To fully appreciate the development of the specific operational capabilities weather-modification could deliver to the war fighter, we must examine and understand their relationship to associated core competencies and the development of their requisite technologies. Figure 5-1 combines the specific operational capabilities of Table 1 into six core capabilities and depicts their relative importance over time. For example, fog and cloud modification are currently important and will remain so for some time to come to conceal our assets from surveillance or improve landing visibility at airfields. However, as surveillance assets become less optically dependent and aircraft achieve a truly global all-weather landing capability, fog and cloud modification applications become less important.
In contrast, artificial weather technologies do not currently exist. But
as they are developed, the importance of their potential applications rises
rapidly. For example, the anticipated proliferation of surveillance technologies
in the future will make the ability to deny surveillance increasingly valuable.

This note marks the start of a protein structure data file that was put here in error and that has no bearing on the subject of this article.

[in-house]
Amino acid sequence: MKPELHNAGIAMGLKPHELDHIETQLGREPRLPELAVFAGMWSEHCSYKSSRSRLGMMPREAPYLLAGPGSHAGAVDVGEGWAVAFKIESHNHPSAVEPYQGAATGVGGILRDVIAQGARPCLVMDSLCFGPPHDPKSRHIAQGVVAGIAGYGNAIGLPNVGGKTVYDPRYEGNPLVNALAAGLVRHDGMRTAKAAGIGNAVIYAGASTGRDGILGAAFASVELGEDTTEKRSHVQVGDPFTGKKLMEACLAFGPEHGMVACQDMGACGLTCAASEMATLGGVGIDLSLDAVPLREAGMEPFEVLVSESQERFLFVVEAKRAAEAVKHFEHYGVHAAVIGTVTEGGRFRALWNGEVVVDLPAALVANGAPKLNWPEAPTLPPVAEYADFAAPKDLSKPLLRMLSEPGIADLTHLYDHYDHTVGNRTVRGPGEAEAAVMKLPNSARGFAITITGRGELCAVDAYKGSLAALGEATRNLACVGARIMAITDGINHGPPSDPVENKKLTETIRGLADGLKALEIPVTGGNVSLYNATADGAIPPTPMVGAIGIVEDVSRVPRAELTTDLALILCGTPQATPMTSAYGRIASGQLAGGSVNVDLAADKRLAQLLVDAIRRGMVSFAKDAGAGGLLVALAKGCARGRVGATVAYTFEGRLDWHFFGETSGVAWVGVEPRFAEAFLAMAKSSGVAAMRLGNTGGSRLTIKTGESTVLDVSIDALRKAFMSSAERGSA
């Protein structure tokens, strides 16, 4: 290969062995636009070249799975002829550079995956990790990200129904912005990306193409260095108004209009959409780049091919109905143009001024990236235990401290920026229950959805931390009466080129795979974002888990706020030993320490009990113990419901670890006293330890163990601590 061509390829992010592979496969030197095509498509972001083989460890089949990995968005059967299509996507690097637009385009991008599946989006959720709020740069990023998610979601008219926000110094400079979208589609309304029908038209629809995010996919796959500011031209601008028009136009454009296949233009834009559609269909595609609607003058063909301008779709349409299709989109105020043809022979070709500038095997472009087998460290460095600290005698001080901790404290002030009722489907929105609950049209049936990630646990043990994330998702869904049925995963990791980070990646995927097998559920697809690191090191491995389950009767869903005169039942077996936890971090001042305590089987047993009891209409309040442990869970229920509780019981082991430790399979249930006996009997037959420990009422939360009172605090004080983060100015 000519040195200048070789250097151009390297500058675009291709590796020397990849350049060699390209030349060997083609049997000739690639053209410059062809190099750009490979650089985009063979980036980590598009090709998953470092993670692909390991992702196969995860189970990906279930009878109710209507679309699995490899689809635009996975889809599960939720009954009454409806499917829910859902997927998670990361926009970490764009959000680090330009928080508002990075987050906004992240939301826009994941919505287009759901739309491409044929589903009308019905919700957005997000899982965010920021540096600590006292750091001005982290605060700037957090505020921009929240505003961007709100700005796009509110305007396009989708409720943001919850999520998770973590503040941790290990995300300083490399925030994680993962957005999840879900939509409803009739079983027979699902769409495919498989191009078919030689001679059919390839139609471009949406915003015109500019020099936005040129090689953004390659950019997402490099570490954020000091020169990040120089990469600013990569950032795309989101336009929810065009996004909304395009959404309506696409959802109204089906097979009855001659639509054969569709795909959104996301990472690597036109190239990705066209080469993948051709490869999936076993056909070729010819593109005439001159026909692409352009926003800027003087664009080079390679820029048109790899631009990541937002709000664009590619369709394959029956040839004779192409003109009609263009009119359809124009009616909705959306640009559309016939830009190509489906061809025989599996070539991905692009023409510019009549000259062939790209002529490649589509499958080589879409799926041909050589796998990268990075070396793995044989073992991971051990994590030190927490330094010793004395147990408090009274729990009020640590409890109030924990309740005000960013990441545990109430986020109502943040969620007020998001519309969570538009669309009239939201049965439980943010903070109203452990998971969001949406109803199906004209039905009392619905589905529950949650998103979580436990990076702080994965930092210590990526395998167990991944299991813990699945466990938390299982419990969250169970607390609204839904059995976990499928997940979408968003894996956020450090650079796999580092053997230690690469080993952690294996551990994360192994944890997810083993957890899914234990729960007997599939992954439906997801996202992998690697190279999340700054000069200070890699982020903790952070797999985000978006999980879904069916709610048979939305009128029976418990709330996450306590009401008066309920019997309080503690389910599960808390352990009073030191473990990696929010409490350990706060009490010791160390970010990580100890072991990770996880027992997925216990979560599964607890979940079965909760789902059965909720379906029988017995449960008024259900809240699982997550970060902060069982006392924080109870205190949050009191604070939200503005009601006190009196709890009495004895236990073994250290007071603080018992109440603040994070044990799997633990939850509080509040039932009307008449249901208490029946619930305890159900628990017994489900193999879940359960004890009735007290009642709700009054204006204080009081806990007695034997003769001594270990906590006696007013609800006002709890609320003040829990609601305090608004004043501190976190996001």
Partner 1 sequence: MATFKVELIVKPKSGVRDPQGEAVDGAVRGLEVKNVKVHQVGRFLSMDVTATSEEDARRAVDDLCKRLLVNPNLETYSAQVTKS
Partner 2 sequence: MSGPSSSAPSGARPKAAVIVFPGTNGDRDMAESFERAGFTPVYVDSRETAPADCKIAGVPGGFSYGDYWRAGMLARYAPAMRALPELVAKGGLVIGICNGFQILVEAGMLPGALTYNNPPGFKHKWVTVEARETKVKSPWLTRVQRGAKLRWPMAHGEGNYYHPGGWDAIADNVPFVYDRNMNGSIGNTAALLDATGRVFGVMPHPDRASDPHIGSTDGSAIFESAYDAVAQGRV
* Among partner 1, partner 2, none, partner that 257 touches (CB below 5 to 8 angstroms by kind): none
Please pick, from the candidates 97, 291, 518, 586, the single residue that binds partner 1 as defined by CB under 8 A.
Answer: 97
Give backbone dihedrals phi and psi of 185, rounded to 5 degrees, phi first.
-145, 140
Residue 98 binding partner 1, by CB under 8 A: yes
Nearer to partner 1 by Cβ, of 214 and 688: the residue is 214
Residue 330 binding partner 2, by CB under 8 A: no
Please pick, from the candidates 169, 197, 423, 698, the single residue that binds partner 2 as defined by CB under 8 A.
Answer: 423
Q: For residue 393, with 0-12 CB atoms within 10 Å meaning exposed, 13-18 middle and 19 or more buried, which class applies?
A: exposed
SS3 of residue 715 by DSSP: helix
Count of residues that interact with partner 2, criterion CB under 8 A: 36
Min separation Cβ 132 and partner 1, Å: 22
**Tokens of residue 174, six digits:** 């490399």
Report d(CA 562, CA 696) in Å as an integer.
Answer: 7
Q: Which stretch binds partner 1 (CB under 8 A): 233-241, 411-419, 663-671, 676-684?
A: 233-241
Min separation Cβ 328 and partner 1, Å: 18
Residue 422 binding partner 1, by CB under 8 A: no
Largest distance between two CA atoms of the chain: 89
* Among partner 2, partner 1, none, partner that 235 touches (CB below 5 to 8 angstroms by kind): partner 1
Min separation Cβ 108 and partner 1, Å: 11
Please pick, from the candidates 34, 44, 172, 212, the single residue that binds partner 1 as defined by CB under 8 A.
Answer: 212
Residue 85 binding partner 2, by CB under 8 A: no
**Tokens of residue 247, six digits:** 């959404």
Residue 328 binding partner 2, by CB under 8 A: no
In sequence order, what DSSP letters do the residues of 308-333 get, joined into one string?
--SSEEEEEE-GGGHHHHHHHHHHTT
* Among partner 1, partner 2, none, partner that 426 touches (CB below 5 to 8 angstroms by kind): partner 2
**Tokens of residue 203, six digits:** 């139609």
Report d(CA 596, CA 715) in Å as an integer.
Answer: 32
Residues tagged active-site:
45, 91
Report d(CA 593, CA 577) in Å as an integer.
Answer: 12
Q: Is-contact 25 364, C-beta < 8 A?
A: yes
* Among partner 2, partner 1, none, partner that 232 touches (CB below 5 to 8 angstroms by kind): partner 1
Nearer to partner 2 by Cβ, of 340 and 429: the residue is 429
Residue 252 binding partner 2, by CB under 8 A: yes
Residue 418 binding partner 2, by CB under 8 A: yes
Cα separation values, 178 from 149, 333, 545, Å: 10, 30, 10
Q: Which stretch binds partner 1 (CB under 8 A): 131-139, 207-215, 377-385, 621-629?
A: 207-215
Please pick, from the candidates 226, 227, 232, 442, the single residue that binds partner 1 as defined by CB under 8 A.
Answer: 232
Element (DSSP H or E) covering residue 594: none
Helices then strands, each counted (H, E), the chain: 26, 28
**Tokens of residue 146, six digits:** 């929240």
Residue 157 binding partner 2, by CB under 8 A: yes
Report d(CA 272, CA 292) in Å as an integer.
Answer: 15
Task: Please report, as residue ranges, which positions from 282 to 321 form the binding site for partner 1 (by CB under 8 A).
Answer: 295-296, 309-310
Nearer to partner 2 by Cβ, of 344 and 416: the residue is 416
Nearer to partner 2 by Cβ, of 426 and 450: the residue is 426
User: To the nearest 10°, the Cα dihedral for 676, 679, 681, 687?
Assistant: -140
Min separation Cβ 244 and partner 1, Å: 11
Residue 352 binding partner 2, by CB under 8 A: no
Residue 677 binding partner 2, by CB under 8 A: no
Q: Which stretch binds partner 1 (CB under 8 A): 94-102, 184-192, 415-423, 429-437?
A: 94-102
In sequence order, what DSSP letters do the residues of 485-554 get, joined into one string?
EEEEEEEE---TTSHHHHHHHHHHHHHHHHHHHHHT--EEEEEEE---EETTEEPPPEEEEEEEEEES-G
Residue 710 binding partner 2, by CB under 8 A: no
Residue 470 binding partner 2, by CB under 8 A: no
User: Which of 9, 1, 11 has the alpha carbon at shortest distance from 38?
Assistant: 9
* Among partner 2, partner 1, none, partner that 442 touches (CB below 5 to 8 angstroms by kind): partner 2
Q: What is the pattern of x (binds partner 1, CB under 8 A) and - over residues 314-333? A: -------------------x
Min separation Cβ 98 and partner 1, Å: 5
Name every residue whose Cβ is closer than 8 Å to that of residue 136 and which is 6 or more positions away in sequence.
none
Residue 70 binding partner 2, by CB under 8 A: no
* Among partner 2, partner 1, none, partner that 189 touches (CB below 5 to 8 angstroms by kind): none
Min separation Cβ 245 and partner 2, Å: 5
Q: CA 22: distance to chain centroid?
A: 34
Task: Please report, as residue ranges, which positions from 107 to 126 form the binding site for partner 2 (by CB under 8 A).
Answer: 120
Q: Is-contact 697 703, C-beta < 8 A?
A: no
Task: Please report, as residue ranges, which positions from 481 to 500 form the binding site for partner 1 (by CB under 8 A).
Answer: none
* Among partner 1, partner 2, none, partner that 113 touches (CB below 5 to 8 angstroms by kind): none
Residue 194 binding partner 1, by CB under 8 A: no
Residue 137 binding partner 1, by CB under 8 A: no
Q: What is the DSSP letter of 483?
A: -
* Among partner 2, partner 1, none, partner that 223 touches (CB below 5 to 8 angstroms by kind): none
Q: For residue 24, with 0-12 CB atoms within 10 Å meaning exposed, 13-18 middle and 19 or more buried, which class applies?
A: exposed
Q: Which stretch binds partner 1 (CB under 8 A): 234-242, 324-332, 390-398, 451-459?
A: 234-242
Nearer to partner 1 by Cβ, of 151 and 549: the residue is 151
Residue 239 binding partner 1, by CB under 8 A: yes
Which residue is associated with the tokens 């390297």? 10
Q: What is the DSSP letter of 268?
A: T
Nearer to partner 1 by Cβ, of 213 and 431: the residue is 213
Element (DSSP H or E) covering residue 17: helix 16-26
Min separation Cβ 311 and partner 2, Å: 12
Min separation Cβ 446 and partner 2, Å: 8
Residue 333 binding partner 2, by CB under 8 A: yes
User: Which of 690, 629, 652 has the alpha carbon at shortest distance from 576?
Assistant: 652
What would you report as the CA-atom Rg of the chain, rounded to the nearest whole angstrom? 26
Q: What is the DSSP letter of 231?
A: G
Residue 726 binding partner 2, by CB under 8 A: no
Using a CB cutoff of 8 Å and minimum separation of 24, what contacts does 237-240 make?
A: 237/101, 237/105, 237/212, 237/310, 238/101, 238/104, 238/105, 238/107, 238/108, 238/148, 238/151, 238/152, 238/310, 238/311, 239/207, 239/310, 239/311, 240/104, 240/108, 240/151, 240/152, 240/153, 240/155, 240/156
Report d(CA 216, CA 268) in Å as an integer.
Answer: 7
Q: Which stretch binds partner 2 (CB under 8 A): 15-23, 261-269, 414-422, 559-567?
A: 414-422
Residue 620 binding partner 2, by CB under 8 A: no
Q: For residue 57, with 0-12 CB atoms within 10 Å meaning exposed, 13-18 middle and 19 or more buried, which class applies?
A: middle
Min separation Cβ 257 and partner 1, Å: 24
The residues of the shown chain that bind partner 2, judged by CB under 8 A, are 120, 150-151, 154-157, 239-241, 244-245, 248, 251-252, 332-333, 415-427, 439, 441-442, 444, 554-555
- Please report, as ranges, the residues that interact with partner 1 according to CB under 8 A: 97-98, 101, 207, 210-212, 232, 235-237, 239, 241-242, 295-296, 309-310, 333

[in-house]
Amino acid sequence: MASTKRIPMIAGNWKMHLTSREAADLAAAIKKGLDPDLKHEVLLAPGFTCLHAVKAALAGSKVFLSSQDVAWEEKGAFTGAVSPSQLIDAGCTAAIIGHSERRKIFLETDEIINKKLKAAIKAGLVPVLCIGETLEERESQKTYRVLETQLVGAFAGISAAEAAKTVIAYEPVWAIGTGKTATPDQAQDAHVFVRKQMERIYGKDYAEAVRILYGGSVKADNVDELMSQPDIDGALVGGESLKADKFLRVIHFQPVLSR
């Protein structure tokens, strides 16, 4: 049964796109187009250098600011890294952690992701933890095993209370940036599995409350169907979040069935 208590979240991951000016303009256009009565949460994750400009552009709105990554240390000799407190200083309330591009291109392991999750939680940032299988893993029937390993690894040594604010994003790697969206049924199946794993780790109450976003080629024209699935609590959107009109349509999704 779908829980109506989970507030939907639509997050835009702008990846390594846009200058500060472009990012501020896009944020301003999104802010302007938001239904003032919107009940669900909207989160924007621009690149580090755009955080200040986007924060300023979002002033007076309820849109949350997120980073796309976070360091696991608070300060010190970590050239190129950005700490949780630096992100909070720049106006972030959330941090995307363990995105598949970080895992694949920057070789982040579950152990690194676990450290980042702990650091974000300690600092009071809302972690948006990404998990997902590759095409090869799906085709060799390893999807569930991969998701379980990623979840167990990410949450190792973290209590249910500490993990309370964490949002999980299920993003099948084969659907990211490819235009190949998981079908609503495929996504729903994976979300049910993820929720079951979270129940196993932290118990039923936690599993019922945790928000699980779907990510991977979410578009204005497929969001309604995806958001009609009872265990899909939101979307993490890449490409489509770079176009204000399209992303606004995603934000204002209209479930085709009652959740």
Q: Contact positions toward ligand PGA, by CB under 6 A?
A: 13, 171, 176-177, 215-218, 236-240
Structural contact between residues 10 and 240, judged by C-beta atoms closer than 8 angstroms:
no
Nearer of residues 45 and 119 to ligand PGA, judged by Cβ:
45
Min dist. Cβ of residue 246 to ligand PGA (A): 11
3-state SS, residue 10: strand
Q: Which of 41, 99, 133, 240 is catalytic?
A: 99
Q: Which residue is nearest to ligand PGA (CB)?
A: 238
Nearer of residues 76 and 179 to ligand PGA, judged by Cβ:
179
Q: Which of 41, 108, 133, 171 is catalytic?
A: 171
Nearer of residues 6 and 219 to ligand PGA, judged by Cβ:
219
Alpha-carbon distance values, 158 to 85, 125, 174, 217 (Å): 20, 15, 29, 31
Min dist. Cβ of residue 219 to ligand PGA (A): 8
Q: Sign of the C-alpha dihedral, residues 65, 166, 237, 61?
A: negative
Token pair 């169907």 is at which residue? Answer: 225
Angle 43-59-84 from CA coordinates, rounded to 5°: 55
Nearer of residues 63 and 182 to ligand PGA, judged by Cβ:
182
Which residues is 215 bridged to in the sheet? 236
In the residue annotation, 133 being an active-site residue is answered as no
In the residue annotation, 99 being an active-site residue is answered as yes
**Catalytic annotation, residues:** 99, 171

In such an environment, clouds made of smart particles such as described
in chapter 4 could provide a premium capability.
Legend for Figure 5-1
|PM||Precipitation Modification||(F&C)M||Fog and Cloud Modification|
|SM||Storm Modification||CW||Counter Weather|
|SWM||Space Weather-modification||AW||Artificial Weather|
Even today's most technologically advanced militaries would usually prefer to fight in clear weather and blue skies. But as war-fighting technologies proliferate, the side with the technological advantage will prefer to fight in weather that gives them an edge. The US Army has already alluded to this approach in their concept of "owning the weather."53 Accordingly, storm modification will become more valuable over time. The importance of precipitation modification is also likely to increase as usable water sources become more scarce in volatile parts of the world.